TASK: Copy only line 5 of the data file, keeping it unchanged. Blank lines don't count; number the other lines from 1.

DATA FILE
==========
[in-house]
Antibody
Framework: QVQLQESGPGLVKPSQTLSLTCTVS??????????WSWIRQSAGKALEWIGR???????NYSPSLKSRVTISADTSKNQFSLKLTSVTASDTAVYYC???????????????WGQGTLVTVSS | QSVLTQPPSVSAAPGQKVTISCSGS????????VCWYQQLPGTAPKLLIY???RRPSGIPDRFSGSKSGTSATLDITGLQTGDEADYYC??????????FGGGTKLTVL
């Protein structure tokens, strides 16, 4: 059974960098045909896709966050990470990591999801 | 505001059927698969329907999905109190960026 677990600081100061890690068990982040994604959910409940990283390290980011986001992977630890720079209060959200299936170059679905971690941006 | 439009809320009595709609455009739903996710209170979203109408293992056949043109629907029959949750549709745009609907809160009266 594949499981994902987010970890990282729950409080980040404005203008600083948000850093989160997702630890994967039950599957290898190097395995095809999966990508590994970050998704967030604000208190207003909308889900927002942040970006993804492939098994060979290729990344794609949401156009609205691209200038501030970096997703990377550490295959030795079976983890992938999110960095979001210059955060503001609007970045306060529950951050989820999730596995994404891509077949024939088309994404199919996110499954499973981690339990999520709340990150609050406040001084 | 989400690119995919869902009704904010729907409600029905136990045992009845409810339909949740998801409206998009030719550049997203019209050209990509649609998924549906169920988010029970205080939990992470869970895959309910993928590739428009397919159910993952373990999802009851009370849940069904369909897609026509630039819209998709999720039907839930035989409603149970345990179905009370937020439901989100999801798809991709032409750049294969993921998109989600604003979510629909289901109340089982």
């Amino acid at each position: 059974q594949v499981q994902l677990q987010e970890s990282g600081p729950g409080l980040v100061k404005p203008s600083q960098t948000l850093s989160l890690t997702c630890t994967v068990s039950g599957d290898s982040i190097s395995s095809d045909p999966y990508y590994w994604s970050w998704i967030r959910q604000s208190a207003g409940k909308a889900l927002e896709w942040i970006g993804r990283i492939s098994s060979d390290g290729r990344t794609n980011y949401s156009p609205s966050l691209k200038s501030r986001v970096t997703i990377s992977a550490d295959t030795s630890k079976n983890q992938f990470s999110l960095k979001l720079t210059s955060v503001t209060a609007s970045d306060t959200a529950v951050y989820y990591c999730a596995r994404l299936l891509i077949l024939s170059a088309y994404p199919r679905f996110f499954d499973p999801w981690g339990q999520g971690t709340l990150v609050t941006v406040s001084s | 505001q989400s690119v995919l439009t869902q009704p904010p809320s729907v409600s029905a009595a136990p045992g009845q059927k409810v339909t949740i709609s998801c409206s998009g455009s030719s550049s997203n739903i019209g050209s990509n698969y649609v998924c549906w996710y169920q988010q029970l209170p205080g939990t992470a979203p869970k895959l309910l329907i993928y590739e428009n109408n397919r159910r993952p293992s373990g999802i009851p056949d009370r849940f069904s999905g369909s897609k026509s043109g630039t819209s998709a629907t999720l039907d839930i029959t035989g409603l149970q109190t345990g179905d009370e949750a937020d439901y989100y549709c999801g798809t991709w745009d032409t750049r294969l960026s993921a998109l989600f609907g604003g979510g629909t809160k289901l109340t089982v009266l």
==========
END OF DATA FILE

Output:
């Amino acid at each position: 059974q594949v499981q994902l677990q987010e970890s990282g600081p729950g409080l980040v100061k404005p203008s600083q960098t948000l850093s989160l890690t997702c630890t994967v068990s039950g599957d290898s982040i190097s395995s095809d045909p999966y990508y590994w994604s970050w998704i967030r959910q604000s208190a207003g409940k909308a889900l927002e896709w942040i970006g993804r990283i492939s098994s060979d390290g290729r990344t794609n980011y949401s156009p609205s966050l691209k200038s501030r986001v970096t997703i990377s992977a550490d295959t030795s630890k079976n983890q992938f990470s999110l960095k979001l720079t210059s955060v503001t209060a609007s970045d306060t959200a529950v951050y989820y990591c999730a596995r994404l299936l891509i077949l024939s170059a088309y994404p199919r679905f996110f499954d499973p999801w981690g339990q999520g971690t709340l990150v609050t941006v406040s001084s | 505001q989400s690119v995919l439009t869902q009704p904010p809320s729907v409600s029905a009595a136990p045992g009845q059927k409810v339909t949740i709609s998801c409206s998009g455009s030719s550049s997203n739903i019209g050209s990509n698969y649609v998924c549906w996710y169920q988010q029970l209170p205080g939990t992470a979203p869970k895959l309910l329907i993928y590739e428009n109408n397919r159910r993952p293992s373990g999802i009851p056949d009370r849940f069904s999905g369909s897609k026509s043109g630039t819209s998709a629907t999720l039907d839930i029959t035989g409603l149970q109190t345990g179905d009370e949750a937020d439901y989100y549709c999801g798809t991709w745009d032409t750049r294969l960026s993921a998109l989600f609907g604003g979510g629909t809160k289901l109340t089982v009266l």